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Evolving from a controller to a strategic business partner

The changing role of a controller

Unstoppable forces continue to drive business growth and create opportunities for the controllership function. Two studies explore these opportunities: One takes a closer look at controllership’s evolution to become a strategic business partner. The other examines how to execute on a new vision for the changing role of the controller.

Listen to our on-demand webcast, “From controller to strategic partner: A growing imperative,” to hear perspectives about the changing role of the controller from Sue D’Emic, former CFO of Time Inc., and Scott Hurley, global controller of Converse Inc.
Read additional insights from the webcast on our Controllership Insights blog.

Becoming a strategic business partner

Controllers in the United States spend nearly 70 percent of their time performing traditional tasks, such as closing the books or ensuring compliance with accounting standards. As a result, decisions involving organizational strategy often exclude their input. For example, controllers may be asked to quantify quarterly spend on headcount, but they may be left out of executive meetings on organizational restructuring initiatives.

These types of requests often bombard the controllership function on a daily basis and prevent controllers from breaking out of the vicious cycle. Instead, they spend too much time focused on traditional roles—and not enough on evolving into a more strategic business partner.

Today’s controllers are, generally, being asked to do too much with limited resources. They may have to navigate between suboptimal information systems, talent gaps or turnover issues, a lack of cross-functional support, a C-suite focused on other key areas or a combination of these and other hindrances. Their responsibilities continue to increase and evolve. But they lack the support needed to complete tasks in a timely and effective way in order to take on more strategic roles.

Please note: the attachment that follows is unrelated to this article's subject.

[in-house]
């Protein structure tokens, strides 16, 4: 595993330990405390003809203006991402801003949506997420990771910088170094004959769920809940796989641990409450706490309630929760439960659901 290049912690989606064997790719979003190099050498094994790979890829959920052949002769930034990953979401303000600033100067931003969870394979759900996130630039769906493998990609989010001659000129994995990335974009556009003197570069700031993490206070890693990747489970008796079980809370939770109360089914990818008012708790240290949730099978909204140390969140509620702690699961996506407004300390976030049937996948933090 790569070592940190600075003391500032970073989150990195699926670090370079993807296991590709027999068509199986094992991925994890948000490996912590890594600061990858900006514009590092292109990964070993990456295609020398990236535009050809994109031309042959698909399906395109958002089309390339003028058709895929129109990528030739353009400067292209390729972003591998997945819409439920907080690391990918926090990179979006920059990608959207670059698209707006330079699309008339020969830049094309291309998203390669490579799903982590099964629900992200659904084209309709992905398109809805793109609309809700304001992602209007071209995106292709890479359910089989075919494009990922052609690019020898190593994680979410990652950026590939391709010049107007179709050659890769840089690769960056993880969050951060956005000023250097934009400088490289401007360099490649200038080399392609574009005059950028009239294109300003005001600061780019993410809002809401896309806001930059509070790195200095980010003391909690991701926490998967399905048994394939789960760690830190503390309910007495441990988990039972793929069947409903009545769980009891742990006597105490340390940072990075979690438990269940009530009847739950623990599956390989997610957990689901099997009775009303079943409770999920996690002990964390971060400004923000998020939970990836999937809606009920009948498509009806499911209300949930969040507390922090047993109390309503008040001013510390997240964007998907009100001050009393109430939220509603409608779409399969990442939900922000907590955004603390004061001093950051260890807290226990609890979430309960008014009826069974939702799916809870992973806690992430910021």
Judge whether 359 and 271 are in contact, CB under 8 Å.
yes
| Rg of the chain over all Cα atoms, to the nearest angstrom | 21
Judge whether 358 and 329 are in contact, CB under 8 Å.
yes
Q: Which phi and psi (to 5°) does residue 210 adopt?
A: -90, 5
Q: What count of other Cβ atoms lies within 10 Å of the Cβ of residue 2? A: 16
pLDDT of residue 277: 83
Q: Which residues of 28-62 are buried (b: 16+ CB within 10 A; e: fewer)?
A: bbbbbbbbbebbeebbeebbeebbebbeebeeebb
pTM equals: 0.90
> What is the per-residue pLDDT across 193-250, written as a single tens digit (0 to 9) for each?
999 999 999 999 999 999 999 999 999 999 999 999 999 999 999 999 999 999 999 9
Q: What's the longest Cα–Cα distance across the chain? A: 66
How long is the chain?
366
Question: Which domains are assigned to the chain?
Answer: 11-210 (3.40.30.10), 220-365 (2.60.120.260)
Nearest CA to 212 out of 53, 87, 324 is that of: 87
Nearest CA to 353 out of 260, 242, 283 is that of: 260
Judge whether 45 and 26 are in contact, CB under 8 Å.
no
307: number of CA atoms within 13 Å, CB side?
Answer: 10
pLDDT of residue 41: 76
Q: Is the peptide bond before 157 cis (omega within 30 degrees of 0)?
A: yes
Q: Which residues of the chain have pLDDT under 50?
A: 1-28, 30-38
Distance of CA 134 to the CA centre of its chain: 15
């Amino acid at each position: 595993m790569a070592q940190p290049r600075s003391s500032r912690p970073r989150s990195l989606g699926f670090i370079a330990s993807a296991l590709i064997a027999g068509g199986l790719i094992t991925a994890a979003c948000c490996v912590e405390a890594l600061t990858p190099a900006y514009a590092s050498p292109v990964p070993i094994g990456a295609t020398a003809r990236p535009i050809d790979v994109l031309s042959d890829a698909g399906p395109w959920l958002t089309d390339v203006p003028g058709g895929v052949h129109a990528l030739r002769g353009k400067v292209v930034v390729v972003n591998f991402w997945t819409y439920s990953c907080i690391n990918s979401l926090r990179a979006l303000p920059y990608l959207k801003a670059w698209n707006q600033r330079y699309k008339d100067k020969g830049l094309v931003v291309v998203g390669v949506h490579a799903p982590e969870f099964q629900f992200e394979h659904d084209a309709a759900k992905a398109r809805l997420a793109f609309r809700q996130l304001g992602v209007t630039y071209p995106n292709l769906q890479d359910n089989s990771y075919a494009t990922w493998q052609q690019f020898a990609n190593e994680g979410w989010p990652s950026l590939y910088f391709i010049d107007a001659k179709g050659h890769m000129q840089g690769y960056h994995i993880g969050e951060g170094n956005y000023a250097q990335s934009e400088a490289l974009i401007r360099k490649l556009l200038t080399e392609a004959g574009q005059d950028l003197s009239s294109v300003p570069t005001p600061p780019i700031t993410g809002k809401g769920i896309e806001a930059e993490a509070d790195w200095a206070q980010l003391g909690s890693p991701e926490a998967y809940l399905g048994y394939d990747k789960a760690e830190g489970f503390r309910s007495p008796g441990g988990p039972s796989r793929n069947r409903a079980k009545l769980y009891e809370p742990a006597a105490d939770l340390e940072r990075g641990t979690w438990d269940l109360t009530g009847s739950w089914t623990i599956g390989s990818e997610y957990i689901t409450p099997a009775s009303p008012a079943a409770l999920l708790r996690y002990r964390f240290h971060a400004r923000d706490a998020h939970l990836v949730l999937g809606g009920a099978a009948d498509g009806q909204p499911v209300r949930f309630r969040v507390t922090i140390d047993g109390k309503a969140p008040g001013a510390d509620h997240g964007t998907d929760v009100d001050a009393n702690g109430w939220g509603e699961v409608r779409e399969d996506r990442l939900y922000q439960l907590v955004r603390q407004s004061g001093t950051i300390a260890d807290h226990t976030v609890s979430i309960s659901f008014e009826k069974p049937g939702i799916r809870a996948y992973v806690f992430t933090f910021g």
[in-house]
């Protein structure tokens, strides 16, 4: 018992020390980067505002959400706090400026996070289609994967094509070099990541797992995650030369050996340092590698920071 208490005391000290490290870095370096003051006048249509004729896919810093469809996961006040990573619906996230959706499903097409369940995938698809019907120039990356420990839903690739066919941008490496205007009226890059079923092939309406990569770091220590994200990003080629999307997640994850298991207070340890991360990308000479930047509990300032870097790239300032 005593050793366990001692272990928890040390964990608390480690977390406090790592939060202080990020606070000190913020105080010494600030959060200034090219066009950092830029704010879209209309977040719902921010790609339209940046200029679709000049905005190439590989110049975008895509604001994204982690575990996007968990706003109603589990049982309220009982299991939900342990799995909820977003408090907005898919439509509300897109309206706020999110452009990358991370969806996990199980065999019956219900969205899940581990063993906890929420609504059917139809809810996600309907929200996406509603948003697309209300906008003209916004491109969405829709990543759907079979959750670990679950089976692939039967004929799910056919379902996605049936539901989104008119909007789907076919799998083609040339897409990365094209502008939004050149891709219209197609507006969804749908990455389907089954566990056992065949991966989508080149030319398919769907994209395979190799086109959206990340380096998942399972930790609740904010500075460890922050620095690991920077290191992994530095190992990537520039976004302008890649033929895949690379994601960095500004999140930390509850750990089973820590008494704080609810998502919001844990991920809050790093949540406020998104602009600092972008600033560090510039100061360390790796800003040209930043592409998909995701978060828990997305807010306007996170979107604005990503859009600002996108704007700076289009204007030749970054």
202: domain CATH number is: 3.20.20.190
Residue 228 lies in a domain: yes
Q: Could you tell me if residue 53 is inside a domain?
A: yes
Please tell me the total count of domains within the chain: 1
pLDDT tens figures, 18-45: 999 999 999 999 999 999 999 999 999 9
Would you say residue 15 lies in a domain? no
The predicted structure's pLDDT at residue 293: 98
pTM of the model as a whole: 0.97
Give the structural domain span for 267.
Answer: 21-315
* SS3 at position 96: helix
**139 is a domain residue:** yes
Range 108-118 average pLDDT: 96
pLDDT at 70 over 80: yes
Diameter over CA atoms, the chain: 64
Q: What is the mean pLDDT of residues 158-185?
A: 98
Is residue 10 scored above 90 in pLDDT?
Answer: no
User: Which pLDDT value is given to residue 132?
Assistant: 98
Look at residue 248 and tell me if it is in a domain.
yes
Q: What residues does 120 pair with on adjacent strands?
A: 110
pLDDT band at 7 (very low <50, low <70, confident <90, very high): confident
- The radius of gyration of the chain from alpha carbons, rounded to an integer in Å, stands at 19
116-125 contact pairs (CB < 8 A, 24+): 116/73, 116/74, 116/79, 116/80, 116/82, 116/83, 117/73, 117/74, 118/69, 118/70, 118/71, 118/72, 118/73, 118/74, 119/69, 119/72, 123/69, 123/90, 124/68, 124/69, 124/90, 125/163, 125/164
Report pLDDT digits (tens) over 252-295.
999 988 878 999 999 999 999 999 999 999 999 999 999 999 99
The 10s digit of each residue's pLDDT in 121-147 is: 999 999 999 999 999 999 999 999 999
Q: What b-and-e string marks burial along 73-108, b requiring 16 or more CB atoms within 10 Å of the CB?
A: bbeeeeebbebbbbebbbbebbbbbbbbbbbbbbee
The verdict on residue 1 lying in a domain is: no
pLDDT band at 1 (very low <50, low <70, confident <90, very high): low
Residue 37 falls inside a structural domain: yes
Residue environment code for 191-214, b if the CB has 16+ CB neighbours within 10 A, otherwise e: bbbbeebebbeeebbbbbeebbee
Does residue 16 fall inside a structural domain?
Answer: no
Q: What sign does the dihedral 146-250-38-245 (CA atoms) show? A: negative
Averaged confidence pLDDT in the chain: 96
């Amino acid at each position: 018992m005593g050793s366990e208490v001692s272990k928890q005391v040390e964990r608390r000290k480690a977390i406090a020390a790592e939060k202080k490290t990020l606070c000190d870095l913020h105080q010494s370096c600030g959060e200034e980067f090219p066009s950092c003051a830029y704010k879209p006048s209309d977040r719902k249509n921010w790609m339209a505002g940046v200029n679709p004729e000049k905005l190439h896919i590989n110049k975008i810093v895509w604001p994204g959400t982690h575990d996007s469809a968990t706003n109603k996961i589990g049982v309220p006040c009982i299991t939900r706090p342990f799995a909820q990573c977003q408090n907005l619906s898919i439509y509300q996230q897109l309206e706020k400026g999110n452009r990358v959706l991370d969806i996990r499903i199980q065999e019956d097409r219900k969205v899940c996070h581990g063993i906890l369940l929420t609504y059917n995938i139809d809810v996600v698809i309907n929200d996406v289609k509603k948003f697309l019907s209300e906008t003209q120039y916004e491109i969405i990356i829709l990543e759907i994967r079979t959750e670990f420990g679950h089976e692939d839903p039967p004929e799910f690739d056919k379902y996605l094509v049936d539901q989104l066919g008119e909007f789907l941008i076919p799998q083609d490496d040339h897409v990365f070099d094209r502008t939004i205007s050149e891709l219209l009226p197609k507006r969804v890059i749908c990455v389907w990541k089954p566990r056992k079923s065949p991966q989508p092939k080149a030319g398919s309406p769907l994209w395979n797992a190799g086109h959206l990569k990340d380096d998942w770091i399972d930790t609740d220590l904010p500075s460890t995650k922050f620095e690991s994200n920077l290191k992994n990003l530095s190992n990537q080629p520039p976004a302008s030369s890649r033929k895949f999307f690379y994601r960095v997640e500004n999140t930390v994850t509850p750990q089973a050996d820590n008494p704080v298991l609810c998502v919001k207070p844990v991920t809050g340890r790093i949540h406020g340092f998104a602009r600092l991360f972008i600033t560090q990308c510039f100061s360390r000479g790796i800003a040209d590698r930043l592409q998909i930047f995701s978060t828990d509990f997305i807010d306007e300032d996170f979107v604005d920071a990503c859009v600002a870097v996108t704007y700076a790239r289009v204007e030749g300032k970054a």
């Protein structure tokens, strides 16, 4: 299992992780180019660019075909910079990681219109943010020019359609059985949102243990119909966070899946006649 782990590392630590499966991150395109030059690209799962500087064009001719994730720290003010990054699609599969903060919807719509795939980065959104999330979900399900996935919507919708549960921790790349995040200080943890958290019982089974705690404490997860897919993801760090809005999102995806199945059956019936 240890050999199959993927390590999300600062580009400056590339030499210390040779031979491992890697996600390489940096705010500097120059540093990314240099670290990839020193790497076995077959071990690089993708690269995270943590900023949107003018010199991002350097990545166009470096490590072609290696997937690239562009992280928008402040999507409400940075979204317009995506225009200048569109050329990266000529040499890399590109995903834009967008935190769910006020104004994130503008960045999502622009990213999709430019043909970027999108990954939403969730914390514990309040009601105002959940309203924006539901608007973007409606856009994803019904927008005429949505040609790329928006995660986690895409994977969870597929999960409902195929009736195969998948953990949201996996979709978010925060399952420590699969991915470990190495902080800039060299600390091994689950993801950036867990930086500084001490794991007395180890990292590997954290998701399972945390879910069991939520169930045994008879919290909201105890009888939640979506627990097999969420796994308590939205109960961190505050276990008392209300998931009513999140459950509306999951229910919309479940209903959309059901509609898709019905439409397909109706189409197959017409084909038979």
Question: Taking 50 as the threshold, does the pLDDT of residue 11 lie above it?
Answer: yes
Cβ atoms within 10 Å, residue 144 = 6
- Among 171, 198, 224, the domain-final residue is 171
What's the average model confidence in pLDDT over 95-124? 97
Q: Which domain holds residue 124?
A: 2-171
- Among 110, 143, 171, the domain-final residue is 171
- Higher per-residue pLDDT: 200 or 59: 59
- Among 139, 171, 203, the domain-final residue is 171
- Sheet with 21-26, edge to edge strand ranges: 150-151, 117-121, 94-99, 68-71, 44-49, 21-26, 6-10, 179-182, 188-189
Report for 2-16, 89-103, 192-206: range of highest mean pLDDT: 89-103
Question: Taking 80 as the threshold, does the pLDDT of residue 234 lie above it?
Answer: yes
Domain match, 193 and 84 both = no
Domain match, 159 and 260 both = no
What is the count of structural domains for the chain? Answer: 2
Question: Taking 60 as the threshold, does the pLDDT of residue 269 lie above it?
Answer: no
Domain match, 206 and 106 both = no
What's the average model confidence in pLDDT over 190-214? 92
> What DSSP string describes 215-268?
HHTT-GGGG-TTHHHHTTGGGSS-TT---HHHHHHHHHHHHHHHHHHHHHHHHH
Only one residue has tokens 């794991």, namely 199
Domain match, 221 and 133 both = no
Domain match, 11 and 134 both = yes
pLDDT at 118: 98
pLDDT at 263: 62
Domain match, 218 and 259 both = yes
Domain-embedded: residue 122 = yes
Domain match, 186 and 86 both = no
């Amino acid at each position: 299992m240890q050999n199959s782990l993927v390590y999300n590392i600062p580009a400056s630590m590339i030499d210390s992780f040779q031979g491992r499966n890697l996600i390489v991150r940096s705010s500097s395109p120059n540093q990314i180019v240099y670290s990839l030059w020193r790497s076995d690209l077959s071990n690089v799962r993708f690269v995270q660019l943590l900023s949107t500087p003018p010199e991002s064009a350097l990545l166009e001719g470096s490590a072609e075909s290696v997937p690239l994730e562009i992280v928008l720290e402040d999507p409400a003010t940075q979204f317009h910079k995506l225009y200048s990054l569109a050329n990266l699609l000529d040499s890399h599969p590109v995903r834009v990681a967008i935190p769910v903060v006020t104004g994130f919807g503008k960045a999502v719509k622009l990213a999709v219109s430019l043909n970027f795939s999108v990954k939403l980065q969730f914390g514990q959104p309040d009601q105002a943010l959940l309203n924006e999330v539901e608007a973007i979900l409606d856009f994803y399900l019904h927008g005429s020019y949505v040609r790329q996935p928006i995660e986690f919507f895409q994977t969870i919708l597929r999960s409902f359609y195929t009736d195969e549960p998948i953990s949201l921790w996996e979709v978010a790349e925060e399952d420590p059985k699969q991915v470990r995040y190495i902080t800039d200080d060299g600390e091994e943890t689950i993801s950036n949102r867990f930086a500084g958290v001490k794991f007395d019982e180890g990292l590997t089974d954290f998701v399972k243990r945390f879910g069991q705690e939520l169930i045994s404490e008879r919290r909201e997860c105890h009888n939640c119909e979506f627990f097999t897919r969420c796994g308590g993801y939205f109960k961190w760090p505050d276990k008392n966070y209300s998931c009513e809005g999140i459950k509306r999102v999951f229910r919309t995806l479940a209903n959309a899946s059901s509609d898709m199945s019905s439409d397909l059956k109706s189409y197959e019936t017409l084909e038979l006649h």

Navigating the changing role of the controller

Corporate controllers now often play four diverse and challenging roles within the organization:

  • Steward: Managing risk and preserving assets
  • Operator: Running an efficient and effective finance operation
  • Strategist: Influencing the future direction of the company
  • Catalyst: Helping to drive execution

IMA® (Institute of Managed Accountants) and Deloitte surveyed nearly 800 (majority US) financial professionals in the controllership function to learn how they’re navigating the challenges of their roles, what skills they feel they need to evolve, and how they continue to add value to their companies. This report provides information on factors that can have a more positive impact, provide more value, and help professionals in the controllership function evolve into strategists and catalysts within their organizations.

sailing ship yachts with white sails

Maintaining a balance between strategy and traditional responsibilities

Every controllership role has a mix of strategy and traditional responsibilities. But the challenge is maintaining a balance, especially when circumstances tip the scales to favor traditional tasks.

Those in controllership and accounting roles can benefit themselves by being more of a strategic business partner in many different ways, including:

  • Communicating clearly with top management why the controller is in the best position to assume more strategic responsibilities like financial planning and analysis (FP&A).
  • Improving and leveraging skills in emerging technologies that are driving results, including robotics process automation, in-memory computing, mobile platforms, and visual analytics.